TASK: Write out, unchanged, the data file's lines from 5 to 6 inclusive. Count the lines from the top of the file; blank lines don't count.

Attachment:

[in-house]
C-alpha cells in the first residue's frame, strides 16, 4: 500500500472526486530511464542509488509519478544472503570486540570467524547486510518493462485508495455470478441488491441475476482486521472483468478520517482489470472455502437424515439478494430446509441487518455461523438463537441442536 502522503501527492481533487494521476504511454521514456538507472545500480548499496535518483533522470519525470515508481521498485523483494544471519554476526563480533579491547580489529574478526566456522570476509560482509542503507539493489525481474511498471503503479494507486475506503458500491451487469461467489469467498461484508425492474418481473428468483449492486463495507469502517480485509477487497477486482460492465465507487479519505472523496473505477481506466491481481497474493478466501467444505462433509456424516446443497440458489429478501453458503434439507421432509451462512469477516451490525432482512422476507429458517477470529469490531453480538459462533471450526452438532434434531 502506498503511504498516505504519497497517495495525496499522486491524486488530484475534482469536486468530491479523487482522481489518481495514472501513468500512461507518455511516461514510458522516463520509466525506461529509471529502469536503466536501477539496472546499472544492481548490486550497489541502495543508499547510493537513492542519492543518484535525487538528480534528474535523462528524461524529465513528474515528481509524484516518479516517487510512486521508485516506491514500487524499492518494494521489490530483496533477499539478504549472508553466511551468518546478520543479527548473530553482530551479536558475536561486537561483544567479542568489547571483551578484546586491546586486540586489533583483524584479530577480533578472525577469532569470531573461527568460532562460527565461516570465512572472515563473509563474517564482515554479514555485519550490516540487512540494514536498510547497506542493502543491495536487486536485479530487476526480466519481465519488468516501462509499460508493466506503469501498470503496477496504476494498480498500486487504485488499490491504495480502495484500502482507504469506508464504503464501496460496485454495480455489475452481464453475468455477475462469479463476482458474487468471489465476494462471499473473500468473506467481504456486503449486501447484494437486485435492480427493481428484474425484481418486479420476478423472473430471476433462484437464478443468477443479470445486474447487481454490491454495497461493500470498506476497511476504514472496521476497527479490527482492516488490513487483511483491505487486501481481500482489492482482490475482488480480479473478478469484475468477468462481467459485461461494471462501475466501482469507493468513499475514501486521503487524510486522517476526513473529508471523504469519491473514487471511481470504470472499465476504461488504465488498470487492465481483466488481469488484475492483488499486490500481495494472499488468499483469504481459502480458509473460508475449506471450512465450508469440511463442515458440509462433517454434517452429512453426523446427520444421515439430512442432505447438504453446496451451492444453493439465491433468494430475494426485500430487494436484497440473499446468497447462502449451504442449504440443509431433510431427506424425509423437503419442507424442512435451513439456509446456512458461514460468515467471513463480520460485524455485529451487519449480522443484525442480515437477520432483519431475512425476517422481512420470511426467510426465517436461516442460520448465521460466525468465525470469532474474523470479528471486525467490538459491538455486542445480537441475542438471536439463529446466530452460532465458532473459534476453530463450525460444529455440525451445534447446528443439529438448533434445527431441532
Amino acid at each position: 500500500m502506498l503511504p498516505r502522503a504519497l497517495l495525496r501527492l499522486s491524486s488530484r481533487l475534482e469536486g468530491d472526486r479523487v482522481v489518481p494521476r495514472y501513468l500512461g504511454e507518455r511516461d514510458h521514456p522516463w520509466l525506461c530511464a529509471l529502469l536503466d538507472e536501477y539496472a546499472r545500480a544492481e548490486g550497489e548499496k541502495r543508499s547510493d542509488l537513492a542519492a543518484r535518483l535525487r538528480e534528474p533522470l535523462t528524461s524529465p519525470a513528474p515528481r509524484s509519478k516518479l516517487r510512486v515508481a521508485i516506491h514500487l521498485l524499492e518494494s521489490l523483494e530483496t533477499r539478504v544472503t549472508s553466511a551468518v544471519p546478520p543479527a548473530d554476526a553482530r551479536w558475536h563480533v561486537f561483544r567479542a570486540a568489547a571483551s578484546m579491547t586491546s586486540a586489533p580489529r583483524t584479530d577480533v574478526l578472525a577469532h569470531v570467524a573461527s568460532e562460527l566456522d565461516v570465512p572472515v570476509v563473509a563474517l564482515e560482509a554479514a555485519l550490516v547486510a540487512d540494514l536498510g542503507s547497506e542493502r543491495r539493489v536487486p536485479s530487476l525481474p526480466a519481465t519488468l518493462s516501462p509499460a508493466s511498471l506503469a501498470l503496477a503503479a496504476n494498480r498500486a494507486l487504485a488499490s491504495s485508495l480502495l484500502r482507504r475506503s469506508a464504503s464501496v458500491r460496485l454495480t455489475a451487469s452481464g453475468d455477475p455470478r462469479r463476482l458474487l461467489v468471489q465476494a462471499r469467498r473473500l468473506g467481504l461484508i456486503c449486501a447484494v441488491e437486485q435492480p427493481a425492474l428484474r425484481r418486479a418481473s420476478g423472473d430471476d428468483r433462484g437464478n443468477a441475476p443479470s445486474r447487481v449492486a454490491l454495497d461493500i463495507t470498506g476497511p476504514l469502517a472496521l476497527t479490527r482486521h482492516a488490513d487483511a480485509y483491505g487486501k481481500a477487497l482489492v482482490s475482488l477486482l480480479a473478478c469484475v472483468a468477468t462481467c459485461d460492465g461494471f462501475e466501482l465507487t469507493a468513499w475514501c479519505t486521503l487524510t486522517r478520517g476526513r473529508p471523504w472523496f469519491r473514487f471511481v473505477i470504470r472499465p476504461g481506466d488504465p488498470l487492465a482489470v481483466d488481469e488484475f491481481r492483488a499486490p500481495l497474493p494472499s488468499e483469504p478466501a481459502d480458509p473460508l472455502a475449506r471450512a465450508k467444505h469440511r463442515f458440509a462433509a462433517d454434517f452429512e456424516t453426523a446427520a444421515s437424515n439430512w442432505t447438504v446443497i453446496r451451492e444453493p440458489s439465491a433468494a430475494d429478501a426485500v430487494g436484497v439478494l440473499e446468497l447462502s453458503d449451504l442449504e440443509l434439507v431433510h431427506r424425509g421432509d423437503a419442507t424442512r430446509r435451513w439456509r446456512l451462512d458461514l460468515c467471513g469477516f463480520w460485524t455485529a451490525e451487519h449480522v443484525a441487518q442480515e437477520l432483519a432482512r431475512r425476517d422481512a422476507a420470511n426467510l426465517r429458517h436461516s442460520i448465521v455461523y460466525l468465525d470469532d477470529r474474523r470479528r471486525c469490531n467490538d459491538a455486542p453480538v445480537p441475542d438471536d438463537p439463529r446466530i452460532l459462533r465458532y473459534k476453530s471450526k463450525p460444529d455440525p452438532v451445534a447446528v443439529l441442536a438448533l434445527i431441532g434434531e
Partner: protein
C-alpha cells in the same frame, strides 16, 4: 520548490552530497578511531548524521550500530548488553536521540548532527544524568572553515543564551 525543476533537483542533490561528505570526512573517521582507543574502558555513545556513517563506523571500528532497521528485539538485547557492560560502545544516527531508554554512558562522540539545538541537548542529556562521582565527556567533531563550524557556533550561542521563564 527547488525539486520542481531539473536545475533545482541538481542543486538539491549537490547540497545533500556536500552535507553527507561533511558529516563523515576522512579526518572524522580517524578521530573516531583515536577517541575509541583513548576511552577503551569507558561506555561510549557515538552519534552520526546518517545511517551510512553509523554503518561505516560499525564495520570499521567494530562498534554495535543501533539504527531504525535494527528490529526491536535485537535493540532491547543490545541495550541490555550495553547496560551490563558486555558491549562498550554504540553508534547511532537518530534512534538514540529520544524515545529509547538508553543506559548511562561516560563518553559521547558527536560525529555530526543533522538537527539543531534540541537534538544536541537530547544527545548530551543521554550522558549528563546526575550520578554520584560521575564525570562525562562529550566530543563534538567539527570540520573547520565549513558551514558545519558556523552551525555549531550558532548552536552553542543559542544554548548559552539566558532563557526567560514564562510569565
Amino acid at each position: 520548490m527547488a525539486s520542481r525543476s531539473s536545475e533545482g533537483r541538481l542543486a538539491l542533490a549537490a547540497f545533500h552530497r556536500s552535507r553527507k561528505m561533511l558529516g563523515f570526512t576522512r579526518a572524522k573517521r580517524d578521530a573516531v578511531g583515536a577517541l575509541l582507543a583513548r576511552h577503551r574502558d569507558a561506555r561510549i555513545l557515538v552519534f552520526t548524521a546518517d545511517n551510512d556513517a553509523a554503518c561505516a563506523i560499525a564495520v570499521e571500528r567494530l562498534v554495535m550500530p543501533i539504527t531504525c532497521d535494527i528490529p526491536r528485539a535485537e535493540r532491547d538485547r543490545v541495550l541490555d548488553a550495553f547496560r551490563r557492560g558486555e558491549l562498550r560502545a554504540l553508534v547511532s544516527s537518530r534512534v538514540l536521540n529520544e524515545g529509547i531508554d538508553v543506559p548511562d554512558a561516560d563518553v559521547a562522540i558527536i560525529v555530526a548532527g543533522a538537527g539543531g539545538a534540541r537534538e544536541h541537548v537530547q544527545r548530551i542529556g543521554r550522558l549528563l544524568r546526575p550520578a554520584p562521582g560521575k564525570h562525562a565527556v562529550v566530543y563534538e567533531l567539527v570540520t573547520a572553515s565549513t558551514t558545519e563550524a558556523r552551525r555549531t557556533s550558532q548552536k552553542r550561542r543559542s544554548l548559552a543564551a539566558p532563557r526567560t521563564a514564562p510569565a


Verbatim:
C-alpha cells in the same frame, strides 16, 4: 520548490552530497578511531548524521550500530548488553536521540548532527544524568572553515543564551 525543476533537483542533490561528505570526512573517521582507543574502558555513545556513517563506523571500528532497521528485539538485547557492560560502545544516527531508554554512558562522540539545538541537548542529556562521582565527556567533531563550524557556533550561542521563564 527547488525539486520542481531539473536545475533545482541538481542543486538539491549537490547540497545533500556536500552535507553527507561533511558529516563523515576522512579526518572524522580517524578521530573516531583515536577517541575509541583513548576511552577503551569507558561506555561510549557515538552519534552520526546518517545511517551510512553509523554503518561505516560499525564495520570499521567494530562498534554495535543501533539504527531504525535494527528490529526491536535485537535493540532491547543490545541495550541490555550495553547496560551490563558486555558491549562498550554504540553508534547511532537518530534512534538514540529520544524515545529509547538508553543506559548511562561516560563518553559521547558527536560525529555530526543533522538537527539543531534540541537534538544536541537530547544527545548530551543521554550522558549528563546526575550520578554520584560521575564525570562525562562529550566530543563534538567539527570540520573547520565549513558551514558545519558556523552551525555549531550558532548552536552553542543559542544554548548559552539566558532563557526567560514564562510569565
Amino acid at each position: 520548490m527547488a525539486s520542481r525543476s531539473s536545475e533545482g533537483r541538481l542543486a538539491l542533490a549537490a547540497f545533500h552530497r556536500s552535507r553527507k561528505m561533511l558529516g563523515f570526512t576522512r579526518a572524522k573517521r580517524d578521530a573516531v578511531g583515536a577517541l575509541l582507543a583513548r576511552h577503551r574502558d569507558a561506555r561510549i555513545l557515538v552519534f552520526t548524521a546518517d545511517n551510512d556513517a553509523a554503518c561505516a563506523i560499525a564495520v570499521e571500528r567494530l562498534v554495535m550500530p543501533i539504527t531504525c532497521d535494527i528490529p526491536r528485539a535485537e535493540r532491547d538485547r543490545v541495550l541490555d548488553a550495553f547496560r551490563r557492560g558486555e558491549l562498550r560502545a554504540l553508534v547511532s544516527s537518530r534512534v538514540l536521540n529520544e524515545g529509547i531508554d538508553v543506559p548511562d554512558a561516560d563518553v559521547a562522540i558527536i560525529v555530526a548532527g543533522a538537527g539543531g539545538a534540541r537534538e544536541h541537548v537530547q544527545r548530551i542529556g543521554r550522558l549528563l544524568r546526575p550520578a554520584p562521582g560521575k564525570h562525562a565527556v562529550v566530543y563534538e567533531l567539527v570540520t573547520a572553515s565549513t558551514t558545519e563550524a558556523r552551525r555549531t557556533s550558532q548552536k552553542r550561542r543559542s544554548l548559552a543564551a539566558p532563557r526567560t521563564a514564562p510569565a